Taryn Simon Q&A
March 2, 2016

March 2, 2016

Taryn Simon's latest body of work "Paperwork and the Will of Capital" is on view at Gagosian West 24th Street, New York until March 26th. The bold large-scale photographs and related sculptures containing delicate botanical specimens address the instability of fact and the precarious nature of survival.

How did your ideas for Paperwork and the Will of Capital evolve?
I discovered a book made by George Sinclair, a gardener in the nineteenth century, concerning an experiment in which he examined the performance of different species of grasses and herbs in various types of soil. Sinclair’s work later influenced Darwin’s theory of evolution. The book contains preserved dried specimens of the plants studied, and this inspired me to use botanical specimens as both subject and object.

At the same time, I came across an archival photograph of Hitler and Mussolini at the Munich Conference sitting around table with a floral centerpiece. I started thinking about the flowers as silent witnesses listening to men's determination to control the economic, geographic, and political fate of the world and I began searching for similar historical images.

The photographs also refer to the "impossible bouquets" of seventeenth century Dutch still-life painting. At the time that they were painted, the floral arrangements depicted were logistically impossible, given that all the flowers did not bloom in the same place or time, and therefore could not have been brought together in the same moment. With the advent of the modern global flower market—also a Dutch invention—these "impossible bouquets" became, in effect, possible.

What goes into creating a body of work like this?
There was an enormous amount of writing, image collecting, and research involved. We worked with presidential library archives, image archives including Getty, Corbis, and Reuters; newspaper archives in China and Pakistan; and the Internet.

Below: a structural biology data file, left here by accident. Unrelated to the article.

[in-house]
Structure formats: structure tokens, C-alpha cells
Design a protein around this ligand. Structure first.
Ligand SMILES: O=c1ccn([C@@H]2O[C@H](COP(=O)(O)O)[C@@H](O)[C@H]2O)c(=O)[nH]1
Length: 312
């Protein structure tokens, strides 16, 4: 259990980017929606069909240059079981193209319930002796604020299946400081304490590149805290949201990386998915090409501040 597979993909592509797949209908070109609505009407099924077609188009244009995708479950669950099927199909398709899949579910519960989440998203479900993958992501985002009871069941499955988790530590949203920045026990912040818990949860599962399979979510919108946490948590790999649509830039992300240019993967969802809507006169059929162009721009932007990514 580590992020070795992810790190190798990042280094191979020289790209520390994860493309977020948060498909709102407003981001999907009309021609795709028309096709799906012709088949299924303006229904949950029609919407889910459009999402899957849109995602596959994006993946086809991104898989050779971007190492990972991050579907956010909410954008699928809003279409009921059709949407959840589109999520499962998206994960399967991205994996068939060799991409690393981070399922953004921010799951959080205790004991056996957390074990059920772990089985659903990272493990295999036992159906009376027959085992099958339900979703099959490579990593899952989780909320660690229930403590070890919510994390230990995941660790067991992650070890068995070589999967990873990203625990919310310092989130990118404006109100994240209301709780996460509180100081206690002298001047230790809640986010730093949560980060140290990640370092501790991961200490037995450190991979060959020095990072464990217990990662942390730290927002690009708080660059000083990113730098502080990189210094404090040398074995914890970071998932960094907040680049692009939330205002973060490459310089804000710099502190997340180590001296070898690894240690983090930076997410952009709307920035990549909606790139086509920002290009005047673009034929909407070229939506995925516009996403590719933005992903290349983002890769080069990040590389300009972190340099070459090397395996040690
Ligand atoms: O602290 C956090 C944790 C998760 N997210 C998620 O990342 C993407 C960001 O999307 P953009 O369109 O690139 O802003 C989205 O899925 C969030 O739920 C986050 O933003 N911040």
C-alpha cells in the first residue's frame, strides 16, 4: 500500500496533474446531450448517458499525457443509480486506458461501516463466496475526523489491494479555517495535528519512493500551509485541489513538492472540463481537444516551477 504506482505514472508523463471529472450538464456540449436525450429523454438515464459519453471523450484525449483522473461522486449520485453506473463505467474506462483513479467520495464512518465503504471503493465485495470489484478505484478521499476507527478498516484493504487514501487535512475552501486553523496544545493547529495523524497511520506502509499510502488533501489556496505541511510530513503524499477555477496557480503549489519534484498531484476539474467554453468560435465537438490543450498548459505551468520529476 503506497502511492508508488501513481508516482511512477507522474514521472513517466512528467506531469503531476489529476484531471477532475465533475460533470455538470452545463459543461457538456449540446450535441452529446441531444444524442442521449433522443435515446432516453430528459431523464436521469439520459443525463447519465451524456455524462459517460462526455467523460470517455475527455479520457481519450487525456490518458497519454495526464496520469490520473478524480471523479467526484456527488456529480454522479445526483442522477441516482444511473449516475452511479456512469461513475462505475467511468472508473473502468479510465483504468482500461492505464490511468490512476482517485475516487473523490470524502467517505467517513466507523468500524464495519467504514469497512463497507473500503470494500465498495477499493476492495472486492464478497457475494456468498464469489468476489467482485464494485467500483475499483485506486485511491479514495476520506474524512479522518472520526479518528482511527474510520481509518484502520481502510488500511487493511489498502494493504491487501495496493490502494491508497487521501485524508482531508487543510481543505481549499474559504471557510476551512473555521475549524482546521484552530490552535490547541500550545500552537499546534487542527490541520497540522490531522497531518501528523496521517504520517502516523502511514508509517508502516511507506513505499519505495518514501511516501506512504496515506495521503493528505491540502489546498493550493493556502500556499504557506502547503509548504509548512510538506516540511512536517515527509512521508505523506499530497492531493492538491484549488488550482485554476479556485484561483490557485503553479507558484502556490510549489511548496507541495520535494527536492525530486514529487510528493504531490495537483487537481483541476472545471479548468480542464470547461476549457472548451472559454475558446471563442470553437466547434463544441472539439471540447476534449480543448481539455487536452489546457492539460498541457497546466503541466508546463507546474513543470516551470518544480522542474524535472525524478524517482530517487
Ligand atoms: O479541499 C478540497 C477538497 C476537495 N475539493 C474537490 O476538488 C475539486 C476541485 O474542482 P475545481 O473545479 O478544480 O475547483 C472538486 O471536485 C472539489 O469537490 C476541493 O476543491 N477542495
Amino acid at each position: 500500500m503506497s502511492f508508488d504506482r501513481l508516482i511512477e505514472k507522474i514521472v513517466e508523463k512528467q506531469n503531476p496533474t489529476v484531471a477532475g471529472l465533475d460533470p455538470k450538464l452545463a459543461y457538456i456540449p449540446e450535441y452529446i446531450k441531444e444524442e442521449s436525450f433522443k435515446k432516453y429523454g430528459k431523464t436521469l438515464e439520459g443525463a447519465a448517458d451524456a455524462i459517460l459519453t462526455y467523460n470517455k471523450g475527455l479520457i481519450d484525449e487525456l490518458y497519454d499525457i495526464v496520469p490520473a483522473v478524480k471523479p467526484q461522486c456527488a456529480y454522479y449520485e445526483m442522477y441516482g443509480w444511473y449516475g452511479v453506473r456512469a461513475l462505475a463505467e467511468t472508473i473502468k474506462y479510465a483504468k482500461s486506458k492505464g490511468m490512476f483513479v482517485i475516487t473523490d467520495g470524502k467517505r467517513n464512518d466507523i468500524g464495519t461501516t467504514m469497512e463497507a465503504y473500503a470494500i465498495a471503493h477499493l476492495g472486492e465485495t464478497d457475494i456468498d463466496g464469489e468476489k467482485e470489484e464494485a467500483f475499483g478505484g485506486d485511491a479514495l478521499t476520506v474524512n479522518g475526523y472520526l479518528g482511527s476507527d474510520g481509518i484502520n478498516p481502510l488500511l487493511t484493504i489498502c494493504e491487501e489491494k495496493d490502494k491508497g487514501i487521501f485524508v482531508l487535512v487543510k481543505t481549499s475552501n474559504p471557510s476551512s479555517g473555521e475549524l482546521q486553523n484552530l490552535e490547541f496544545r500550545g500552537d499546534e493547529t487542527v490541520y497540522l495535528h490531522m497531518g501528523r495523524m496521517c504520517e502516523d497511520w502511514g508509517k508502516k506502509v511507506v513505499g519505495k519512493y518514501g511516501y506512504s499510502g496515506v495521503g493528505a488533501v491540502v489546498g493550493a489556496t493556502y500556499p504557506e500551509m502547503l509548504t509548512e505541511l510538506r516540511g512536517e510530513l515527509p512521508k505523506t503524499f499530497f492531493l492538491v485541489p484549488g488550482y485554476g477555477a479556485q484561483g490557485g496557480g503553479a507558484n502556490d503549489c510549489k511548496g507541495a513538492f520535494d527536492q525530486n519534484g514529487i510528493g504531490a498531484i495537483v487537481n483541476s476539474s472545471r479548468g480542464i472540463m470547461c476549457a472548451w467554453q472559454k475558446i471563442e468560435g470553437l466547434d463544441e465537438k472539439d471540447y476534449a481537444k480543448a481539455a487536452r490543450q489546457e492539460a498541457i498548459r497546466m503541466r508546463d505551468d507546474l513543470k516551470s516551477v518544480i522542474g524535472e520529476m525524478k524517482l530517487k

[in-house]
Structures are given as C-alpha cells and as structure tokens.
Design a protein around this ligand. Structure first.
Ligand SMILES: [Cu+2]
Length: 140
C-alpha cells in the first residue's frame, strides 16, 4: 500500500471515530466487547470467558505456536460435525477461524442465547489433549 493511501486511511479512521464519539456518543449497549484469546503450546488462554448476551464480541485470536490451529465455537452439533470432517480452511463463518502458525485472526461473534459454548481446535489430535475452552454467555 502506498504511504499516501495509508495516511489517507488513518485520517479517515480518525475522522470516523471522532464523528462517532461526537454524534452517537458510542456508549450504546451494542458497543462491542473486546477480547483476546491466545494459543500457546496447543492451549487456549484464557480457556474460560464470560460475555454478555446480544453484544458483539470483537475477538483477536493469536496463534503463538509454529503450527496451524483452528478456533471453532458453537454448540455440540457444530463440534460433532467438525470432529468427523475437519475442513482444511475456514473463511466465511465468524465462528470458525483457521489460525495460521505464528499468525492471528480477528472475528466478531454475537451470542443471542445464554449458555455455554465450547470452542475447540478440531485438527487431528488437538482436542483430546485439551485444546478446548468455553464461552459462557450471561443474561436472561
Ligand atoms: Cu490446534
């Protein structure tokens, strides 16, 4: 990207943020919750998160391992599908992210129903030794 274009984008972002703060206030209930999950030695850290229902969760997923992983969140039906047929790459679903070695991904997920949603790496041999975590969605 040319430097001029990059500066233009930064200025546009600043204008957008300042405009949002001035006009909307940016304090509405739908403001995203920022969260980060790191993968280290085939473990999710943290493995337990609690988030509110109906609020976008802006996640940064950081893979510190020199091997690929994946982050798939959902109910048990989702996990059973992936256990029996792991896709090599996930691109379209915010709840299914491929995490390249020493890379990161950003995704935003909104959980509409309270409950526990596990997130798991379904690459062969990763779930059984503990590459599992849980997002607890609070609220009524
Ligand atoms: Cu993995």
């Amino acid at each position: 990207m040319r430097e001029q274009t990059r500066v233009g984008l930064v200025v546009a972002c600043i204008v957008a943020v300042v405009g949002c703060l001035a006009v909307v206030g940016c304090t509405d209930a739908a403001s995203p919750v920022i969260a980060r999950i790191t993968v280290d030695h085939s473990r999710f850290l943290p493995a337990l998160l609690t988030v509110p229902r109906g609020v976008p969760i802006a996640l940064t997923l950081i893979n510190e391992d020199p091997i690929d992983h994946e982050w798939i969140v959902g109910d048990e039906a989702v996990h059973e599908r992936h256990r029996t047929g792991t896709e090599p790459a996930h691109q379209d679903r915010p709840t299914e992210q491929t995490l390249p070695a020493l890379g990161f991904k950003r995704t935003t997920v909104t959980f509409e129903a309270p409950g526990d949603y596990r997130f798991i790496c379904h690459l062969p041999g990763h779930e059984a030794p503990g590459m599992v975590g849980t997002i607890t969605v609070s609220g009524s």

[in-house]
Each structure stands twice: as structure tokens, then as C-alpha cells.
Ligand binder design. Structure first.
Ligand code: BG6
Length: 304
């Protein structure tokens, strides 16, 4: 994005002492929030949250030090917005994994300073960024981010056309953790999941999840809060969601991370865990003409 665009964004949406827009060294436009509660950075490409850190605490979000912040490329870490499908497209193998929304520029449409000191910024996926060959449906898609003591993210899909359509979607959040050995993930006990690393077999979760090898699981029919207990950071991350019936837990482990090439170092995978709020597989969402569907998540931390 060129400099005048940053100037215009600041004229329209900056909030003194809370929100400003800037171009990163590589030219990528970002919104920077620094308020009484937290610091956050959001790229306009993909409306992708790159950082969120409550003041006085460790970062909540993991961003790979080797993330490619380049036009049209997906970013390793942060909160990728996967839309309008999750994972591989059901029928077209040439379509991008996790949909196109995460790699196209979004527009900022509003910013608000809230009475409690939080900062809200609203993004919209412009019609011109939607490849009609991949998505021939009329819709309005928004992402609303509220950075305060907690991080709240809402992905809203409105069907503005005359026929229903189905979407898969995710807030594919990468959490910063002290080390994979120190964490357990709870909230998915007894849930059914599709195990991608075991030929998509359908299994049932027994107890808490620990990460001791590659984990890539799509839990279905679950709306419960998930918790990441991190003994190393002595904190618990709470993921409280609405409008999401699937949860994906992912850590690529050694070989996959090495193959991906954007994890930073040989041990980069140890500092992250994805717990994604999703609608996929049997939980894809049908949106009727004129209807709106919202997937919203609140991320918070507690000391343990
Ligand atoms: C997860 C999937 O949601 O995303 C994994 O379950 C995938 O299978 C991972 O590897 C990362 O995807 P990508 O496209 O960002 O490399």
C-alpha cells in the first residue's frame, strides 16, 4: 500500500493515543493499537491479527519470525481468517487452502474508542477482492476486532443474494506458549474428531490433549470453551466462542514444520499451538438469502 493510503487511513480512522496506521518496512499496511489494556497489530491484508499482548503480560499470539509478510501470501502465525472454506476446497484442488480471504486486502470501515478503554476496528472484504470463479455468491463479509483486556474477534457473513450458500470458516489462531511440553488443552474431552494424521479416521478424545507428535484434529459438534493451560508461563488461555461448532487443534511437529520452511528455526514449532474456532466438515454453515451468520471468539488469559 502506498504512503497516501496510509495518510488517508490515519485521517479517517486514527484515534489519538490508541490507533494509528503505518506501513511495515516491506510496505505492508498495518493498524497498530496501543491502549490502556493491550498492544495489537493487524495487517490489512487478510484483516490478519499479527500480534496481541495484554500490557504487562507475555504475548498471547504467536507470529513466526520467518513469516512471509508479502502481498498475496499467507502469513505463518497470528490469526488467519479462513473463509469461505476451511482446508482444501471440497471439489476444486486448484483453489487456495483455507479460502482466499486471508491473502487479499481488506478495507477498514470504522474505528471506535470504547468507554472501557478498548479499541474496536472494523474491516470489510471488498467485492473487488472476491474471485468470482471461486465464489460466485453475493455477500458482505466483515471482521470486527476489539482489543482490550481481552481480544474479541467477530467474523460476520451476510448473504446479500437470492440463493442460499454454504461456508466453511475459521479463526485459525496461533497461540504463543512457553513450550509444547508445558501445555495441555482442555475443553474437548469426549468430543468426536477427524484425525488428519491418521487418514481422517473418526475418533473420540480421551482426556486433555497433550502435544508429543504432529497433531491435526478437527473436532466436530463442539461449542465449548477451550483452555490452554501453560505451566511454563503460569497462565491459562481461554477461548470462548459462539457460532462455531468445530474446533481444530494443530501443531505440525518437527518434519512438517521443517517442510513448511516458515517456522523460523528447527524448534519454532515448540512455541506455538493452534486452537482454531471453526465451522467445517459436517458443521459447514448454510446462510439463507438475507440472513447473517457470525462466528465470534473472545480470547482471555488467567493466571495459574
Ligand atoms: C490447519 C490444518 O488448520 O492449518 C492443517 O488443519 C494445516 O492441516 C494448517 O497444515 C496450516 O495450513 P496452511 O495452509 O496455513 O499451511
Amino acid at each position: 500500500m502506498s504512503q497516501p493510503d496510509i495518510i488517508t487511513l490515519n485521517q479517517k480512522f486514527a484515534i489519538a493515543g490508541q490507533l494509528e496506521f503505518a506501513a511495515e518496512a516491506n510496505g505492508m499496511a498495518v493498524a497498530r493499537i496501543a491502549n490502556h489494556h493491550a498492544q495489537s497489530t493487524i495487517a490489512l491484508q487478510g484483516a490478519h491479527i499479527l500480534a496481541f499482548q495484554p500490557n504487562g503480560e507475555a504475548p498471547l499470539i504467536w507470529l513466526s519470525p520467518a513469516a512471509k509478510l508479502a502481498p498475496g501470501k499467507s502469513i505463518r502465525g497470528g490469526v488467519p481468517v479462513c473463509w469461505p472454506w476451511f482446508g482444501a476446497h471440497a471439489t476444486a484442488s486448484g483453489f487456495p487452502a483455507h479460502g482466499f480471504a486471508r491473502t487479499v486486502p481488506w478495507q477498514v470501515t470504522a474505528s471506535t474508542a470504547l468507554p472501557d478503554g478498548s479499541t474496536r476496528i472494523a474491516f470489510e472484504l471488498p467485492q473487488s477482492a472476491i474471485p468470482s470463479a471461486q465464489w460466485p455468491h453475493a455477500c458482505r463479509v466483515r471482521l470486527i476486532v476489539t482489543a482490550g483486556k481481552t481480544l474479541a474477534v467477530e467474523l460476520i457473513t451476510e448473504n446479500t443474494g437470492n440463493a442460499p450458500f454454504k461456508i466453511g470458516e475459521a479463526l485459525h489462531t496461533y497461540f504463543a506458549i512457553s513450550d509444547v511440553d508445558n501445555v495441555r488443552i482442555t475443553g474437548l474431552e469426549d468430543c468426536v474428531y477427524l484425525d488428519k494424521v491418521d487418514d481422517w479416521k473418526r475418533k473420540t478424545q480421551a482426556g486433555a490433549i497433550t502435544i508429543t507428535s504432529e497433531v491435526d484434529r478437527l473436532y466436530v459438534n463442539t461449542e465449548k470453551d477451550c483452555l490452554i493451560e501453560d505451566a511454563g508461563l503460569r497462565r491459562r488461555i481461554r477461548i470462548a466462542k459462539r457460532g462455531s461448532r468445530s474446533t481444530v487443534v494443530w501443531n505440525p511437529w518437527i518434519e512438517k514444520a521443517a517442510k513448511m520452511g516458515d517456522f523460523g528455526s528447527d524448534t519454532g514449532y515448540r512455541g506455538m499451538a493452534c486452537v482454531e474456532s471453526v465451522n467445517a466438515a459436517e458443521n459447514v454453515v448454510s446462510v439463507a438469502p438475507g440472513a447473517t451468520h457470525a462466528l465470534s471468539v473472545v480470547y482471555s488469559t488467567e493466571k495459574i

I collaborated with a botanist to identify the flowers that appeared in the archival source images. We then sourced plants and flowers to recreate the floral arrangements, from the largest flower auction in the world in Alsmeer, Netherlands, which allows the modern consumer access to any flower despite the natural limitations of season or place. After photographing the arrangements, the flowers were dried, flattened, and sewn onto herbarium paper.

This project was a bit schizophrenic in its making.  I started with something seemingly factual and concrete and subject it to a process of destabilization.

What attracted you about this material?
I wanted to distill political theater down to its aesthetic elements and look at the patterns in the stagecraft of power—the background and foreground colors of the settings and the repetition of a castrated collection of flowers.

As my point of reference, I used the historic 1944 United Nations Monetary and Financial Conference in Bretton Woods, New Hampshire, which addressed the globalization of economies after World War II, leading to the establishment of the International Monetary Fund (IMF) and the World Bank. In subsequent treaties and agreements, Paperwork and the Will of Capital focuses on the broader machinations of state and corporation and their impact on global history.

Did you design the large frames for the photographs?
Yes, in mahogany, to evoke the style of boardrooms and governance.

Were any of the historical flower arrangements particularly notable or unusual?
Many were completely surreal in color and form. There were notable oddities—like the small bouquet of succulents made for a meeting between Ronald Reagan and the mujahideen in the Oval Office—clearly curated for the mujahideen.

What is the role of the sculptures?
The sculptures are versions of plant presses, fabricated in concrete, with steel straps holding the concrete blocks in place. Within each "press" are thirty-six photographs of the recreated floral bouquets and their stories, presented side by side with the preserved herbarium specimens. The photographs take the bouquets out of time's continuum, in contrast to the specimens, which eventually lose their color and transform. Yet flowers sealed in Egyptian tombs have been preserved to the present day.

Who knows what will survive the longest—man's governing laws, photographs, flowers, or language?

"Taryn Simon: Paperwork and the Will of Capital" is on view at Gagosian Gallery West 24th Street, NYC through March 26, 2016.